In Cayman, the Future of Electric Cars

By: Caribbean Journal Staff - September 3, 2012

Above: the Wheego LiFe (CJ Photo)

By Alexander Britell

GRAND CAYMAN — It began with a small group of cars under a white tent just across from Seven Mile Beach in Grand Cayman — but it could herald the start of a large movement in the Caribbean.

Last week, Cayman Automotive hosted the first-ever Caribbean International Electric Auto Show, an expo putting cutting-edge electric car designs on display.

The show was the effort of Cayman Automotive, which introduced the first electric car to the Caribbean in 2009 and is now the region’s exclusive electric dealer.

“Now that the [electric car] law has finally been passed, that the regulation is finally done, customers can now drive an electric vehicle in the Cayman Islands,” John Felder, president and CEO of Cayman Automotive, told Caribbean Journal. “So this is truly historic.”

The Caribbean International Electric Auto show featured six different vehicles, from the Wheego LiFe to an in-development electric roadster from Shockwave Motors.

“You’re going to see more and more of these on the road,” said Ken Wambold, regional sales manager for Atlanta, Ga.-based Wheego, a three-year-old company which is also developing a five-passenger electric crossover modeled on the Toyota Venza that he called a “soccer mom’s dream.”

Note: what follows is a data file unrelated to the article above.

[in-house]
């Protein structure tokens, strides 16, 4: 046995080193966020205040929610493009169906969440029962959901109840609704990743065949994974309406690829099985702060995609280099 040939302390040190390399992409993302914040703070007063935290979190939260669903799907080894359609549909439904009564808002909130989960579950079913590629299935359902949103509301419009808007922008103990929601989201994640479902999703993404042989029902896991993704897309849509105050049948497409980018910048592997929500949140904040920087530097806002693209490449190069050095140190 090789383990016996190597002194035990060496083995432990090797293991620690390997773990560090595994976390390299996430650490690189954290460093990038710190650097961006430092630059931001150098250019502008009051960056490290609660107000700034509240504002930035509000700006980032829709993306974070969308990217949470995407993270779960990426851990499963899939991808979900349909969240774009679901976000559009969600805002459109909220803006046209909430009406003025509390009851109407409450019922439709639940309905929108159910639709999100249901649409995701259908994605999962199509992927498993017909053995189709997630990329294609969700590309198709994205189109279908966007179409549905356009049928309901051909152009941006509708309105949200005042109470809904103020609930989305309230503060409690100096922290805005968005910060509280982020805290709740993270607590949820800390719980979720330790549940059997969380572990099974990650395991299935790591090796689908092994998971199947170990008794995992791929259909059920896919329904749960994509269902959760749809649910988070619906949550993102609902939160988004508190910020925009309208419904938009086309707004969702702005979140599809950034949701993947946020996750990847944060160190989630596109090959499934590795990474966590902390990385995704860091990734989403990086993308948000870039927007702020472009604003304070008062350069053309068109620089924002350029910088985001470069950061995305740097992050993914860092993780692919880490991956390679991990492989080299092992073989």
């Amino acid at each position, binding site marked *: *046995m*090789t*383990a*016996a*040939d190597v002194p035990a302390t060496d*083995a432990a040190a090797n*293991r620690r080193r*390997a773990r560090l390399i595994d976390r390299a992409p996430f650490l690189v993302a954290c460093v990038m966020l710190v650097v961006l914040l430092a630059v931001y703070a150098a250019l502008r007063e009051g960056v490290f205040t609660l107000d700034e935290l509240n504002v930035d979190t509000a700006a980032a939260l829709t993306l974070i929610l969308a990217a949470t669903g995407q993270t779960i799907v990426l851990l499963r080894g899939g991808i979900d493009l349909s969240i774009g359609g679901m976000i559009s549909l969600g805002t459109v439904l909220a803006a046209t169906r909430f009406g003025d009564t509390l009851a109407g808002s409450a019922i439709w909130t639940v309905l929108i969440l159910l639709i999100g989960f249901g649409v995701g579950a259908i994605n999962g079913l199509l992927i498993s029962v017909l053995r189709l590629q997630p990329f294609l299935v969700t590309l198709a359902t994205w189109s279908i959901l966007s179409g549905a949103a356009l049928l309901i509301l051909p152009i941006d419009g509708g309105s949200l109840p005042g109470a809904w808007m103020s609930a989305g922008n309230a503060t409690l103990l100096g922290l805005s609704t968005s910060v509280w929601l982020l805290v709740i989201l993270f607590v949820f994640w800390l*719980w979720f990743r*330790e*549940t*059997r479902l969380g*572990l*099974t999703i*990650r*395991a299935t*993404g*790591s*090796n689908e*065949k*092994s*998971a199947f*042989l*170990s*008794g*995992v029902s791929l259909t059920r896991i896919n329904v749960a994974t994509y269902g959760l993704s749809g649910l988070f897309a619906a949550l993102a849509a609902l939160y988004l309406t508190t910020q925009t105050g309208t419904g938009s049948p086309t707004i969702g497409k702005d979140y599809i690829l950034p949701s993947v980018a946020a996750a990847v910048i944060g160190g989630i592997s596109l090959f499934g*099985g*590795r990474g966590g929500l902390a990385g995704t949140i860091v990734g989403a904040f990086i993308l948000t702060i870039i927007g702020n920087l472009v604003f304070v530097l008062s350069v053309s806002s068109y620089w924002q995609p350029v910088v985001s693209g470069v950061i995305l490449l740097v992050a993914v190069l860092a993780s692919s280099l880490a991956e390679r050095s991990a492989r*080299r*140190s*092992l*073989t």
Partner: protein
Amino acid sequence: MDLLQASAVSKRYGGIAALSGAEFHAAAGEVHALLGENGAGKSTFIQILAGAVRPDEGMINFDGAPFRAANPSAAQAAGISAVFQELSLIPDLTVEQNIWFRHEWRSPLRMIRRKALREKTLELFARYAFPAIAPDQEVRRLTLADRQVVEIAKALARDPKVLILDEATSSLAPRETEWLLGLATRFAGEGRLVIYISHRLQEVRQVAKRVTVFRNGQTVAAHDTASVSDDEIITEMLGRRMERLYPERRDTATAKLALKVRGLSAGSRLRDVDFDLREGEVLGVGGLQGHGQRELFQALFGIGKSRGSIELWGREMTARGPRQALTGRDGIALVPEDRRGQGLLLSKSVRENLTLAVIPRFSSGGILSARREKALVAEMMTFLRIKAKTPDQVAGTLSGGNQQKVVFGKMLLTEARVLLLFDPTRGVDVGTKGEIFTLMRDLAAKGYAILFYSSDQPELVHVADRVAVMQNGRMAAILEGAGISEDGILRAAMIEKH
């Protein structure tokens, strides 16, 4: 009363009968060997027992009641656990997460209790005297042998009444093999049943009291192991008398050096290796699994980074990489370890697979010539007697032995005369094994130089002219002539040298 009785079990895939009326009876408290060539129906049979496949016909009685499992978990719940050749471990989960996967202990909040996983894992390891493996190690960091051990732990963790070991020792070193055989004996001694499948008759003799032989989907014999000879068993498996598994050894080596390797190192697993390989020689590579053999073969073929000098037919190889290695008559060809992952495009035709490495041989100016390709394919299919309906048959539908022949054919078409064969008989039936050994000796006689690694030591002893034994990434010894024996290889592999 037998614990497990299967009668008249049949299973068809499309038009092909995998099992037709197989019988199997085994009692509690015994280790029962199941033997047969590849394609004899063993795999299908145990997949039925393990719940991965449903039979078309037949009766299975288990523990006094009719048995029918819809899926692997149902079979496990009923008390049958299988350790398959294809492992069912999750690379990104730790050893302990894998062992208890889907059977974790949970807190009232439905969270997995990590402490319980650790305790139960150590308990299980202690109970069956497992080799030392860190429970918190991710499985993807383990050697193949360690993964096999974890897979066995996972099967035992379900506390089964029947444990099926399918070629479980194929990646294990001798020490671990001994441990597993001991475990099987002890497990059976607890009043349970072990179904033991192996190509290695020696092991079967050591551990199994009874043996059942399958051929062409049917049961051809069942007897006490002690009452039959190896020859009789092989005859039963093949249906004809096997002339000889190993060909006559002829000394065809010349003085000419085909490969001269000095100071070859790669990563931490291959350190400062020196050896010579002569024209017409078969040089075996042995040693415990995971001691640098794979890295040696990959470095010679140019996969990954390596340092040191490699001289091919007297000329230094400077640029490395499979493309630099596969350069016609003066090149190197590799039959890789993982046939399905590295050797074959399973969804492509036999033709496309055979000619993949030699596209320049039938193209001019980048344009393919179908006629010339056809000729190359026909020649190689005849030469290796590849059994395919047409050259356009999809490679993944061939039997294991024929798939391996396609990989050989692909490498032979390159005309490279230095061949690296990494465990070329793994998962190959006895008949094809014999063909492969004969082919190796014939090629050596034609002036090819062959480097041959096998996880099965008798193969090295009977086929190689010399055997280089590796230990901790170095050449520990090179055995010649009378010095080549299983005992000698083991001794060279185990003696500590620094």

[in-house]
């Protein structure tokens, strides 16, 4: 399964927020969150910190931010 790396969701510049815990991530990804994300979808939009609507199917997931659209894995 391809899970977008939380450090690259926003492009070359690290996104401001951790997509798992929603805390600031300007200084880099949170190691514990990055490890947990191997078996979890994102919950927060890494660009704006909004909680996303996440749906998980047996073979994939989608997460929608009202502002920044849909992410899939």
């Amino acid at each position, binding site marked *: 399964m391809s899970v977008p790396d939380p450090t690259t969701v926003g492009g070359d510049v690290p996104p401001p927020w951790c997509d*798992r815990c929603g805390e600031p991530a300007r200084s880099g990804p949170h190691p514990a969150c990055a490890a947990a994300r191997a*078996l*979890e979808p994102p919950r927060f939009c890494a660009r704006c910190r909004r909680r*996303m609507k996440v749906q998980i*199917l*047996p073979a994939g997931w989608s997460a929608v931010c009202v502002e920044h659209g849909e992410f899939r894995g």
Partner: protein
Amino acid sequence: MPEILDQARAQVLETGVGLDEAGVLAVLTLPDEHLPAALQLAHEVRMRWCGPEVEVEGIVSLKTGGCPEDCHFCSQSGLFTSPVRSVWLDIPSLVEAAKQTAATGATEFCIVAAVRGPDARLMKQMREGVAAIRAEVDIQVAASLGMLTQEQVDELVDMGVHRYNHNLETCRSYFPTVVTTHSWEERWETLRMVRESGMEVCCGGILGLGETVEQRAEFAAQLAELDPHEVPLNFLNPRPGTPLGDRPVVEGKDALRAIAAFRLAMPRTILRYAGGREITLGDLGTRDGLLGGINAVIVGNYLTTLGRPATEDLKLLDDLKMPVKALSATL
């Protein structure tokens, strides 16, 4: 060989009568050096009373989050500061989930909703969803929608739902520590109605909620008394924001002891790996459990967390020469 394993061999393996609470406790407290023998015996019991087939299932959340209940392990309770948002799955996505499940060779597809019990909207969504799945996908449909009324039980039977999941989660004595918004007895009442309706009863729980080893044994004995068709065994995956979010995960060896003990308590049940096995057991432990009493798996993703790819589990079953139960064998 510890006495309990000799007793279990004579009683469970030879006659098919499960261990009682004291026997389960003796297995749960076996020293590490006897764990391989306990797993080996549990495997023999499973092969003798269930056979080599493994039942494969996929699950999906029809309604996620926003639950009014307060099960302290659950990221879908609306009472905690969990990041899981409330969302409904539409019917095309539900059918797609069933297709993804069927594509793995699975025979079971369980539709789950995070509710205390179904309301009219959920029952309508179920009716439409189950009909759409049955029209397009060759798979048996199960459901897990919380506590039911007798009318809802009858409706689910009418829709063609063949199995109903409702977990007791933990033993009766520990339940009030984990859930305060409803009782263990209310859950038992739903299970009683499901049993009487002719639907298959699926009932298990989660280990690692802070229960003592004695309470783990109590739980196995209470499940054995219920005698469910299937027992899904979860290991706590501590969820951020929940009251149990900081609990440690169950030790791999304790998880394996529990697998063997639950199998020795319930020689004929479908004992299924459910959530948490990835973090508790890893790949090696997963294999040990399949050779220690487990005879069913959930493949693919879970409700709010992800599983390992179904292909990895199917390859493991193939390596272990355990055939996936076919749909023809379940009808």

Wheego is planning to increase its worldwide dealer network to about 100 by 2015, he said, along with further expansion in Caribbean islands like Puerto Rico and Jamaica and in the Dominican Republic.

The Wheego LiFe vehicle that was on display at Cayman Automotive has a range of about 100 miles, with a top speed of 65 miles per hour.

It takes seven or eight hours to charge the cars at home. Charging at a station, of which Grand Cayman already has two, involves about the time it takes for a run to the local market.

There are plans for 14 to 15 such stations, with the aim of making them solar-powered.

“These islands are absolutely perfect for electric vehicles,” Wambold said.

For the sporting-inclined, Shockwave is offering its Predator EV3 roadster.

Above: a rendering of the Predator EV roadster

The company, which is based in eastern Tennessee, is looking at the possibility of setting up local manufacturing in Cayman and other islands, according to Shockwave’s John McMillian.

“Our design plan is very simple and straightforward — we have a fiberglass body and a tubular steel chassis that we can fabricate anywhere,” McMillan said. “Our whole thing is to market in local markets so that we don’t have to worry about building cars and shipping them — plus, it brings jobs to a local community.”

The electric car movement could be particularly beneficial to a region whose fuel costs continue to rise.

For Cayman Automotive, the hope is to sell between 2,000 and 3,000 electric vehicles within the next five years, with a portion of that including fleet sales.

Felder, who is the exclusive dealer for eight other countries in the Caribbean, said an electric motorcycle is also on the way.

“I think that, in the next 10 years, electric cars and hybrids will be dominant, probably controlling 50 percent of the market share in the region,” he said. “It just makes sense.”

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